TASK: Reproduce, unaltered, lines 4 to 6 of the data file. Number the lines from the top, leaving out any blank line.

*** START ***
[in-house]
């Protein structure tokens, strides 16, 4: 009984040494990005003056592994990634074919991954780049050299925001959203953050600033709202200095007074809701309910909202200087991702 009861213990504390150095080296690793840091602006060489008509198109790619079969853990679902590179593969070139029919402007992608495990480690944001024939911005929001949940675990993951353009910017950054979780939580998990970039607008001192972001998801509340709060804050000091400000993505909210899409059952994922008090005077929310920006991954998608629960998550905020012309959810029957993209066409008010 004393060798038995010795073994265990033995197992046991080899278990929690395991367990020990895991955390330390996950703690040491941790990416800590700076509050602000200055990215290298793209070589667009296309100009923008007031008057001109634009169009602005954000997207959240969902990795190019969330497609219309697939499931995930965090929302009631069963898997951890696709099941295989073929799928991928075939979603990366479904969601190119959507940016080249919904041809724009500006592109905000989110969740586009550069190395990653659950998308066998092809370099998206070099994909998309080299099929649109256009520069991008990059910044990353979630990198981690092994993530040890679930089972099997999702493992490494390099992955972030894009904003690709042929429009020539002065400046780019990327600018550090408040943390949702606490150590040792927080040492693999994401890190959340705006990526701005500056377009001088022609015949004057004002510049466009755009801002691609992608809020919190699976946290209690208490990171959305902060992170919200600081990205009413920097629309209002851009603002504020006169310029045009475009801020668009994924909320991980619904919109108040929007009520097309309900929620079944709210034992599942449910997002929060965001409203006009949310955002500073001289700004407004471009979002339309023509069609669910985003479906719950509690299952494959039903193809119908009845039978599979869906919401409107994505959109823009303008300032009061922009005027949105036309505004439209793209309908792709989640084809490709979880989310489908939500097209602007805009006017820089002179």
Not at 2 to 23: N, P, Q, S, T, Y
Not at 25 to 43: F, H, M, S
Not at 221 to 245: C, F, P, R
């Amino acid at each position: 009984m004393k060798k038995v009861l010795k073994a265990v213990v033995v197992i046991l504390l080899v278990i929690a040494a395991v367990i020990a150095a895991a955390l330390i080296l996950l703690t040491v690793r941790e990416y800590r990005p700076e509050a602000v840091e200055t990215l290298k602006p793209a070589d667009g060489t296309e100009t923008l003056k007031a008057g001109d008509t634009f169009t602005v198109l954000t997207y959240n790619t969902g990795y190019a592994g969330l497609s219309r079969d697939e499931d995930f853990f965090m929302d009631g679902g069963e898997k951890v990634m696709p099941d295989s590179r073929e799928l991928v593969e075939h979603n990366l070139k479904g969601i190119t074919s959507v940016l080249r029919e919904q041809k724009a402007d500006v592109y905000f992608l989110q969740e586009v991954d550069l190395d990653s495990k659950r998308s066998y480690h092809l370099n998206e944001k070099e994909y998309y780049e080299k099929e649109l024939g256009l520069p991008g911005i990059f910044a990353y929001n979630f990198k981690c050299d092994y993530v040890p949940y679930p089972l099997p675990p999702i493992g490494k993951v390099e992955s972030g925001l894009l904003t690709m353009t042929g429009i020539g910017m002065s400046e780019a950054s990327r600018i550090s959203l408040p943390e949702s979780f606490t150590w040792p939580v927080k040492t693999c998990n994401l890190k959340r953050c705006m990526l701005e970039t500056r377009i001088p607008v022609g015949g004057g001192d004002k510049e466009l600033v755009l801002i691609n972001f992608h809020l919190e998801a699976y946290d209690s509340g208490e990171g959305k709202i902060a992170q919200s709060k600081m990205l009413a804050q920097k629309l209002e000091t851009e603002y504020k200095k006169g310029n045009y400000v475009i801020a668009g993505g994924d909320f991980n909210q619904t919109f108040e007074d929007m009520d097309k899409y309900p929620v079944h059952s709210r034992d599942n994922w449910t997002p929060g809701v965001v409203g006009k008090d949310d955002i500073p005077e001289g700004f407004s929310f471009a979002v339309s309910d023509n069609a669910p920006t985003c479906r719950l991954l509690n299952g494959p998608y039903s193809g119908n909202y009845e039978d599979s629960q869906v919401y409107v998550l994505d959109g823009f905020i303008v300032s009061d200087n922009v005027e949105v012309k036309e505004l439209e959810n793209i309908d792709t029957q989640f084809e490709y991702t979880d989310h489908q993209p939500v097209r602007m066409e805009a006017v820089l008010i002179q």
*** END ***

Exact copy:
Not at 25 to 43: F, H, M, S
Not at 221 to 245: C, F, P, R
């Amino acid at each position: 009984m004393k060798k038995v009861l010795k073994a265990v213990v033995v197992i046991l504390l080899v278990i929690a040494a395991v367990i020990a150095a895991a955390l330390i080296l996950l703690t040491v690793r941790e990416y800590r990005p700076e509050a602000v840091e200055t990215l290298k602006p793209a070589d667009g060489t296309e100009t923008l003056k007031a008057g001109d008509t634009f169009t602005v198109l954000t997207y959240n790619t969902g990795y190019a592994g969330l497609s219309r079969d697939e499931d995930f853990f965090m929302d009631g679902g069963e898997k951890v990634m696709p099941d295989s590179r073929e799928l991928v593969e075939h979603n990366l070139k479904g969601i190119t074919s959507v940016l080249r029919e919904q041809k724009a402007d500006v592109y905000f992608l989110q969740e586009v991954d550069l190395d990653s495990k659950r998308s066998y480690h092809l370099n998206e944001k070099e994909y998309y780049e080299k099929e649109l024939g256009l520069p991008g911005i990059f910044a990353y929001n979630f990198k981690c050299d092994y993530v040890p949940y679930p089972l099997p675990p999702i493992g490494k993951v390099e992955s972030g925001l894009l904003t690709m353009t042929g429009i020539g910017m002065s400046e780019a950054s990327r600018i550090s959203l408040p943390e949702s979780f606490t150590w040792p939580v927080k040492t693999c998990n994401l890190k959340r953050c705006m990526l701005e970039t500056r377009i001088p607008v022609g015949g004057g001192d004002k510049e466009l600033v755009l801002i691609n972001f992608h809020l919190e998801a699976y946290d209690s509340g208490e990171g959305k709202i902060a992170q919200s709060k600081m990205l009413a804050q920097k629309l209002e000091t851009e603002y504020k200095k006169g310029n045009y400000v475009i801020a668009g993505g994924d909320f991980n909210q619904t919109f108040e007074d929007m009520d097309k899409y309900p929620v079944h059952s709210r034992d599942n994922w449910t997002p929060g809701v965001v409203g006009k008090d949310d955002i500073p005077e001289g700004f407004s929310f471009a979002v339309s309910d023509n069609a669910p920006t985003c479906r719950l991954l509690n299952g494959p998608y039903s193809g119908n909202y009845e039978d599979s629960q869906v919401y409107v998550l994505d959109g823009f905020i303008v300032s009061d200087n922009v005027e949105v012309k036309e505004l439209e959810n793209i309908d792709t029957q989640f084809e490709y991702t979880d989310h489908q993209p939500v097209r602007m066409e805009a006017v820089l008010i002179q």